|Publication number||US6430287 B1|
|Application number||US 08/924,069|
|Publication date||Aug 6, 2002|
|Filing date||Aug 28, 1997|
|Priority date||Mar 25, 1997|
|Also published as||CA2284989A1, CA2284989C, DE69803837D1, DE69803837T2, EP0972356A1, EP0972356B1, WO1998043369A1|
|Publication number||08924069, 924069, US 6430287 B1, US 6430287B1, US-B1-6430287, US6430287 B1, US6430287B1|
|Inventors||Sailesh Krishna Rao|
|Original Assignee||Level One Communications, Inc.|
|Export Citation||BiBTeX, EndNote, RefMan|
|Patent Citations (19), Non-Patent Citations (4), Referenced by (18), Classifications (13), Legal Events (12)|
|External Links: USPTO, USPTO Assignment, Espacenet|
This application claims the benefit of U.S. Provisional Application No. 60/042,469 filed Mar. 25, 1997.
1. Field of the Invention
This invention relates in general to digital filtering, and more particularly to combined parallel adaptive equalizer/echo canceller that minimizes memory requirements and circuit complexity.
2. Description of Related Art
“Communication” is the exchange of thoughts, opinions, ideas, and information. It is the means to socialize, do business, educate, and entertain. Communication can take many forms, such as spoken words, written letters, or symbols. Although face to face communication is often desirable, it is often not possible due to geographical distance, time constraints, and an ever-increasing need for a high volume of information in today's society. It is for this reason that information, or data, is sent over communications “channels,” via “signals.”
A communications channel is a single path for transmitting an electrical signal, such as a twisted wire-pair cable, or a fiber optic line. A signal is a physical representation of data, such as the electrical pulses which are used to correspond to digital logic levels.
Signals are sent, or transmitted, in a tremendous variety of forms. For example, signals are used to send voice information over a telephone line; modems use signals to transmit data between computers; signals are constantly sent between the CPU and disk storage device in a personal computer; and signals representing images and sound are transmitted from a television camera on-site, to the television in a viewer's living room that could be thousands of miles away.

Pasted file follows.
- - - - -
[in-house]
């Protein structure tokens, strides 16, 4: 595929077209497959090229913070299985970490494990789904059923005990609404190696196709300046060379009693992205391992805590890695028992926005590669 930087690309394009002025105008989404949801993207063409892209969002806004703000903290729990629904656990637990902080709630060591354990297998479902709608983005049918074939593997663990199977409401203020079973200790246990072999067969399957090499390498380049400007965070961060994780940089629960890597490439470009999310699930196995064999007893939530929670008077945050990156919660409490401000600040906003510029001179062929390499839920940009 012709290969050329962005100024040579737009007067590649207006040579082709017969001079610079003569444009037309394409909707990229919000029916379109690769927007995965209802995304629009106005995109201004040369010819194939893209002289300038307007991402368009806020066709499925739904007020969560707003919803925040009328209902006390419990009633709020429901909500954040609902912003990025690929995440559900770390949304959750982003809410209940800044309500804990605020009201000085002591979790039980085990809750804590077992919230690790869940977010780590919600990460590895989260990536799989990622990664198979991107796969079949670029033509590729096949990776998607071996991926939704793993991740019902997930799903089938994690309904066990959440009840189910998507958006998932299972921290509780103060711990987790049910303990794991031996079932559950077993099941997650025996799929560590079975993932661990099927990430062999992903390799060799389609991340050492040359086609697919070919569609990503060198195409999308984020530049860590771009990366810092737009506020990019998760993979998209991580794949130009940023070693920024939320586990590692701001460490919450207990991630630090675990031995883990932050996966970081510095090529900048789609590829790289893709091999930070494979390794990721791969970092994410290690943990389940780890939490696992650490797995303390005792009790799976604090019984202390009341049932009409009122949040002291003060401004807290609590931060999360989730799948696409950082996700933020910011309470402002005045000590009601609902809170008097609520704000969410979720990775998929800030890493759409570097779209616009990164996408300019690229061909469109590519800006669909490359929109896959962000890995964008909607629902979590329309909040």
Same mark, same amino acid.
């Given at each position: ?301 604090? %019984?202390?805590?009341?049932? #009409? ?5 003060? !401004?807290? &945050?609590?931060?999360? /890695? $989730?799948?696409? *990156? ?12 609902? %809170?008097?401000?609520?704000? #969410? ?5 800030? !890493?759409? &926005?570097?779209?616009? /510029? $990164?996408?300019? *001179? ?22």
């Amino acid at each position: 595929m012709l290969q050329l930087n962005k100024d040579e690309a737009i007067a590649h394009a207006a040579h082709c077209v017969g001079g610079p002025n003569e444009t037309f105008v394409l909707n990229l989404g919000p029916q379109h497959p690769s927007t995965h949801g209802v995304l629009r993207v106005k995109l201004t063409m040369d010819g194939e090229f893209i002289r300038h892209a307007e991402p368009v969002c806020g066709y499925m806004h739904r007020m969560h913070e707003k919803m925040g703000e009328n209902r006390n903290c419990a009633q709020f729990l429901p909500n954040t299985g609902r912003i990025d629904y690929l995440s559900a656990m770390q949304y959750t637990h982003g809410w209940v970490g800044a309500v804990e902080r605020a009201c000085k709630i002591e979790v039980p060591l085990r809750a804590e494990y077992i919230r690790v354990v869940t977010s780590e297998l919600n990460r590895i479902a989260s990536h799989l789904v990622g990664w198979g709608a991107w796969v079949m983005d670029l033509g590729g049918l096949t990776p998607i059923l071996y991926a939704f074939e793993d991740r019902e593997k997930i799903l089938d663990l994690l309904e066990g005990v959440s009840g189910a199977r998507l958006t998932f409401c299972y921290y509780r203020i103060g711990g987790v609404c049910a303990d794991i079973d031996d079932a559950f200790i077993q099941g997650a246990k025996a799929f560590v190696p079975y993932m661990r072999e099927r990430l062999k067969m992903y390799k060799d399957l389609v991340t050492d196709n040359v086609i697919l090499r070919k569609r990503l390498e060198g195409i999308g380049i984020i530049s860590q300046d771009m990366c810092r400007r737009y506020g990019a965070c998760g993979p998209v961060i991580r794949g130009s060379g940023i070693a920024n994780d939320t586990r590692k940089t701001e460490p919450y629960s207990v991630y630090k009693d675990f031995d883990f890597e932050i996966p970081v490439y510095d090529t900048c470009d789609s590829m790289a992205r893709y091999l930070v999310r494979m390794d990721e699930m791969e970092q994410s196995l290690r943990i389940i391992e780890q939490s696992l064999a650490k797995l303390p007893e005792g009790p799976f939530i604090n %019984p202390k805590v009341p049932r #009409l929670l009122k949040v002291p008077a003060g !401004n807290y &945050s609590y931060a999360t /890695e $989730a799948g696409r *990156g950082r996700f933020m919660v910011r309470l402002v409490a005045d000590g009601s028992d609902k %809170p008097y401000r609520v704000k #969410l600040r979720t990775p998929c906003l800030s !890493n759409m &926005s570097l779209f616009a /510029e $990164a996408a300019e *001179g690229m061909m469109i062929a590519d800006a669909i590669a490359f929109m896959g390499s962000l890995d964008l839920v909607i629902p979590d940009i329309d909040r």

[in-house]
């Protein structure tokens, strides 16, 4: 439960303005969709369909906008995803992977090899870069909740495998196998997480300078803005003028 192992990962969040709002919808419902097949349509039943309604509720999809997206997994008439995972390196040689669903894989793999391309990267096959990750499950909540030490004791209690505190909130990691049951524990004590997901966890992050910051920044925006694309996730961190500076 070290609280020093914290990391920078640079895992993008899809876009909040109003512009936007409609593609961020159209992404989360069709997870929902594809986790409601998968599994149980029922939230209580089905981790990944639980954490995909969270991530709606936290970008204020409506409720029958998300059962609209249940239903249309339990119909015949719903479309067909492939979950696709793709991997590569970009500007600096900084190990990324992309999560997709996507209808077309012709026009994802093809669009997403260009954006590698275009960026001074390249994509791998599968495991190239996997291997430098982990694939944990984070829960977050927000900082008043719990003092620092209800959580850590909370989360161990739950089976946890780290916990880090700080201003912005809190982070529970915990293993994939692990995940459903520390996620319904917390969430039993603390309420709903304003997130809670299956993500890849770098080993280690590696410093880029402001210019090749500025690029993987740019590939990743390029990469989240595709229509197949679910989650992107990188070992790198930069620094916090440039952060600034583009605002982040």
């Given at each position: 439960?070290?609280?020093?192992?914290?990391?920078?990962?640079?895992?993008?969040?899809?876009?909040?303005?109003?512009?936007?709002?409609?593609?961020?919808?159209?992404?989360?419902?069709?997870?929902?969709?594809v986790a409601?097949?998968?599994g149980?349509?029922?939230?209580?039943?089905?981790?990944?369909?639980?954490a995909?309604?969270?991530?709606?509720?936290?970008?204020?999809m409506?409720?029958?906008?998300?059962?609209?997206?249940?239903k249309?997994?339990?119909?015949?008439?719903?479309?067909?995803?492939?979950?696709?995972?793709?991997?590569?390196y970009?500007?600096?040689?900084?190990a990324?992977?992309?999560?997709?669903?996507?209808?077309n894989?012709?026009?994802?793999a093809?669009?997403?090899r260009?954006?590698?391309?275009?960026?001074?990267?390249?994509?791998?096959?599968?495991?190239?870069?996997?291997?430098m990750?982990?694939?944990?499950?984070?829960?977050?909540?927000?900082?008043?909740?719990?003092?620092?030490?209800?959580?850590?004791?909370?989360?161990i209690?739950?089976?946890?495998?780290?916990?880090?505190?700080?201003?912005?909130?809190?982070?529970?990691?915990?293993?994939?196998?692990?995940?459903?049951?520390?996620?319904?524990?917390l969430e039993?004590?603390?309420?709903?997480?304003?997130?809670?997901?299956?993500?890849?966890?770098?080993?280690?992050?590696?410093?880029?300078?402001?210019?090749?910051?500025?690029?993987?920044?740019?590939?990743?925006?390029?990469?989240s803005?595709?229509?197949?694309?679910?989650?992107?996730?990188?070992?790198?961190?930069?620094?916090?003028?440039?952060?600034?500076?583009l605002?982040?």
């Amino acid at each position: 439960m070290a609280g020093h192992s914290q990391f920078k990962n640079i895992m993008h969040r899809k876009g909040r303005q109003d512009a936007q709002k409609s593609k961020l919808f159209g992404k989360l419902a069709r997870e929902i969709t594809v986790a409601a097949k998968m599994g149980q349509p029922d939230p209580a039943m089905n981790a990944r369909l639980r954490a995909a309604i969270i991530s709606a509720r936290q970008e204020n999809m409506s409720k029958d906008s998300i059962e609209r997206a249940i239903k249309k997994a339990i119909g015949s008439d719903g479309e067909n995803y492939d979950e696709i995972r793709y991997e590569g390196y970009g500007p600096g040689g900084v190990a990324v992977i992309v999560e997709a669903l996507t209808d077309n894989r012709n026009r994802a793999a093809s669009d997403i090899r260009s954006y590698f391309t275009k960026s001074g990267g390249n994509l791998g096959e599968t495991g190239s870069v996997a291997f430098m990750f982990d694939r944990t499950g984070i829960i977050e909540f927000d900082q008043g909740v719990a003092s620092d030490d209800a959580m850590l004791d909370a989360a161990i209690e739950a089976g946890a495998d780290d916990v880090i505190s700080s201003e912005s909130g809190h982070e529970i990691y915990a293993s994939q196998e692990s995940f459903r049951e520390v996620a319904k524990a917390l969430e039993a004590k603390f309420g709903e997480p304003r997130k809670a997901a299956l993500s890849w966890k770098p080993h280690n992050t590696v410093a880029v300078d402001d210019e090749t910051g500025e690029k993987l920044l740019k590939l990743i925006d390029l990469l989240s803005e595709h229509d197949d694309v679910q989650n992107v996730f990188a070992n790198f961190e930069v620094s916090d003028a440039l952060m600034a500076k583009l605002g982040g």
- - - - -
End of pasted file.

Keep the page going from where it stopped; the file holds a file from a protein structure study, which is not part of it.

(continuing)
Signal distortion or degradation is a significant problem in the field of communications. Any real communications channel has transmission deficiencies, including various kinds of noise and interference, which distort the signal. For example, static noise (caused by natural electric disturbances in the atmosphere) and thermal noise (caused by the random motion of electrons in the channel) are present to some extent in any communications channel. Intersymbol interference (degradation caused by imperfect channels) can also be a major problem. In short, there are many reasons why a signal that is sent may be unrecognizable when it is received.
Thus, transmission deficiencies must be corrected so that the signal received is the same as the one that was sent, and valuable information is not lost. This correction can be accomplished by the signal receiver, through a process known as equalization.
Equalization is the process of correcting a channel for its transmission deficiencies, by introducing networks which compensate for attenuation and time delay problems in the signal. A properly equalized communications channel will significantly increase the likelihood of obtaining an accurate signal (i.e., the signal that was sent) at the receiving end of a communications network. An equalizer is a device used to accomplish equalization.
In addition, impedance mismatches in the transmission media often cause signal echoes. Echo cancellation is the process of eliminating such echoes from the signal path. To cancel the echo signal, a basic operation is implemented: subtraction. Overall, an estimate of the echo signal is generated by adaptive compensation circuit and then subtracted from the echo signal itself. The compensation circuit is fed by both the original signal to be transmitted and the residual signal that results after the echo cancellation takes place. The original signal is used to create the echo signal estimate and the residual signal is used for the adaptation process within the compensation circuit to improve the quality of the estimate echo signal. The adaptive compensation circuit and the subtraction circuit, the circuit that takes the estimate and subtracts it from the received signal, form the echo canceller.
A filter is generally used in equalizer/echo canceller circuits. A filter may have a means of monitoring its own frequency response characteristics and a means of varying its own parameters by closed loop action, in order to attain optimal equalization or echo cancellation. Such a self-adjusting filter is called an adaptive filter, and it can be used in a channel receiver. The parameters of an adaptive filter are typically adjusted by sampling the filter output at a predetermined rate, and sending this sampled output to some filter control means, which adjusts filter parameters accordingly via closed loop feedback.
Commonly, a feed forward equalizer or echo canceller has weighted summed delayed versions of an input signal, which are used to derive an error signal. Further, known Least Means Square (LMS) algorithms have generally been implemented to negate the effects of channel-induced intersymbol interference and to promote efficient echo estimation. To accomplish this, periodically running cross-correlations that are weighted by a feedback weighing factor are loaded into a finite impulse response (FIR) filter. The cross-correlation used for a given filter coefficient corresponds to the symbol data sample position of a delay register and a relative delay of the error corresponding to that sample. In doing this, a tap weight vector update is produced.